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Ofglen then reveals she’s part of some sort of resistance against the government and invites Offred to join (“There’s a way to help them…”). She hesitates, saying she’s not that kind of person. “No one is until they have to be,” Ofglen says. Waterford is important, and anything she can find out about him could be important. The prospect of that “us” — a secret resistance against this brutal new regime — roots Offred to the spot even if as it starts raining. She runs through what she knows of the world now: There’s fighting in Chicago, Anchorage is the capital of what’s left of the U.S., and that flag only flies two stars. There needs to be an “us,” she tells herself, because now there’s a “them.”

Back in the house, Nick is waiting in the kitchen with a message — the Commander wants to see her in his office tonight, alone. Needless to say, this isn’t standard protocol. Handmaids are supposed to just be “two-legged wombs,” after all. “Have I been invited to my own ending,” Offred wonders to herself. In any case, it wasn’t an invitation. It was an order. The driver also leaves her with another thing to ponder: a warning not to trust Ofglen.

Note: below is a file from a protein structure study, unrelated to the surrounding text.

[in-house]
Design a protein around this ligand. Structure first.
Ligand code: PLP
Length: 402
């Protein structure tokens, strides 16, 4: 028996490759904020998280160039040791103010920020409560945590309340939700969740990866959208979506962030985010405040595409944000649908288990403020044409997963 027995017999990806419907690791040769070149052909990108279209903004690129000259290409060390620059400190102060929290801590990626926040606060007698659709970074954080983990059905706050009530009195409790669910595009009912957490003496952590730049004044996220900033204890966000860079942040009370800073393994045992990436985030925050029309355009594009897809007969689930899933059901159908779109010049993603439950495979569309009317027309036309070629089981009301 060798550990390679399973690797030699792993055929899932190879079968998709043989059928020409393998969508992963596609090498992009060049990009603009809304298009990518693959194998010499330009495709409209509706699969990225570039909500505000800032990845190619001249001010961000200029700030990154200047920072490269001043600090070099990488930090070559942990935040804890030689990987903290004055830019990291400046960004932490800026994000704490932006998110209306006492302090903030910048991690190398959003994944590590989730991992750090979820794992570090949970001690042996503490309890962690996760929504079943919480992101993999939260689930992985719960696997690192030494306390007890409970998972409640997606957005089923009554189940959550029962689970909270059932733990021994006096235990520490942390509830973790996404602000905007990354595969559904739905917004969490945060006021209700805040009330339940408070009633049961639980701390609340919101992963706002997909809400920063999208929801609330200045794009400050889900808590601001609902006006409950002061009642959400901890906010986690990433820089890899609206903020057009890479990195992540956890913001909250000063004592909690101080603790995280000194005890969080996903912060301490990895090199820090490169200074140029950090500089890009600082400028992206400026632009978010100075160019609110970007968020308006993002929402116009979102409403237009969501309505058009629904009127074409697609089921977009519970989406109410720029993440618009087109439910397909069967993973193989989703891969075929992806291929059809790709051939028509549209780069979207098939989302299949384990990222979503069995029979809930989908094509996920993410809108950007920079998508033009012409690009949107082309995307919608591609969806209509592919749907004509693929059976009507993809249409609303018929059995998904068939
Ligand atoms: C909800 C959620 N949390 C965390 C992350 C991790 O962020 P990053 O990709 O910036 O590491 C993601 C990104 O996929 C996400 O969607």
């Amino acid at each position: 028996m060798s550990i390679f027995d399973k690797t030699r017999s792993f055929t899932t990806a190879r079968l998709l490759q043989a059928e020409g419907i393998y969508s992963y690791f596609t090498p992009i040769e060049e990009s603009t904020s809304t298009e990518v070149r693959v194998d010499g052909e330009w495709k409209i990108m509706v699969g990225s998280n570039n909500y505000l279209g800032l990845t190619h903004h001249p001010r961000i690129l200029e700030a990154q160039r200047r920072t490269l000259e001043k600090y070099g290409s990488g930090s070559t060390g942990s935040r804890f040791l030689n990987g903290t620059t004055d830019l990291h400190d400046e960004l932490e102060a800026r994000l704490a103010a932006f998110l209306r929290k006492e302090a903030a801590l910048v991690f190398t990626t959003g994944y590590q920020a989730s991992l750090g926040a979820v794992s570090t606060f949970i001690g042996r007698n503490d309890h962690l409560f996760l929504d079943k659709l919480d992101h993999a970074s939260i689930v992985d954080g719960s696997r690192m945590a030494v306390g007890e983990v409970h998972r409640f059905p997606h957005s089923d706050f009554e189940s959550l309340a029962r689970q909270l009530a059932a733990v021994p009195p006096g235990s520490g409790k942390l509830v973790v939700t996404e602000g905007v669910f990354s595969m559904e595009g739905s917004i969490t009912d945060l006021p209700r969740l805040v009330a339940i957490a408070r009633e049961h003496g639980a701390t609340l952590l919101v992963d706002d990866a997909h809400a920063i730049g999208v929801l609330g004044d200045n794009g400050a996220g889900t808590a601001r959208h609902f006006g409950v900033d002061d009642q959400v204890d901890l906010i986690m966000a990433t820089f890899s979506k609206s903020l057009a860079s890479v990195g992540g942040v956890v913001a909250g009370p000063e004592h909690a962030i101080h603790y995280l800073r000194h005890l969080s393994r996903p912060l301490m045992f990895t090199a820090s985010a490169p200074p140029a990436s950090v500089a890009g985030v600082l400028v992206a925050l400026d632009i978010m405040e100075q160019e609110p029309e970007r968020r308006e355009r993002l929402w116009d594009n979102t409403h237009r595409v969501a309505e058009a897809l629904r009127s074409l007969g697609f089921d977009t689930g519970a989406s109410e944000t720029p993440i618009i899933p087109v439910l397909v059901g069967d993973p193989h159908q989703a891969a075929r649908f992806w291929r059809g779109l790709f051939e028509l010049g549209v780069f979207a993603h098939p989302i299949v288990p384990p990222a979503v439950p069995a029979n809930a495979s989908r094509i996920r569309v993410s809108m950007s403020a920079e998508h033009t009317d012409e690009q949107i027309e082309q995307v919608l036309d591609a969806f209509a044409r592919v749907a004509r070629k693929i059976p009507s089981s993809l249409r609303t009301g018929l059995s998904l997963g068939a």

Before she can contemplate it much further, a red van pulls up outside, sirens blaring. It’s the “Birthmobile,” come to collect her and the other local Handmaids to witness one of their own giving birth. The mother-to-be is Ofwarren, a.k.a. “one-eyed, bats— crazy” Janine. Offred wonders what she’ll give birth to — she’s not pondering boy vs. girl, more that the chances of a healthy baby are now one in five, if you can get pregnant at all. It makes her think back to her own labor, Luke driving as she fights through contractions. The hospital, eerily, is lined outside with people praying.

In Ofwarren’s home, there’s soft music playing and a Martha laying out a spread of food that includes a macaron tower (so those still stick around, even in a dystopian future!). The wives, all clad in blue, are leading the commander’s wife through a ridiculously serious faux labor, coaching her to breathe as she’s there in a white nightgown leaning on pillows on the floor. Serena Joy is among those in attendance, holding her hand. Upstairs, there’s an actual labor happening — scores of handmaids and a pair of Aunts crowded into a room chanting to breathe and hold and exhale, surrounding a bed holding the actual mother-to-be.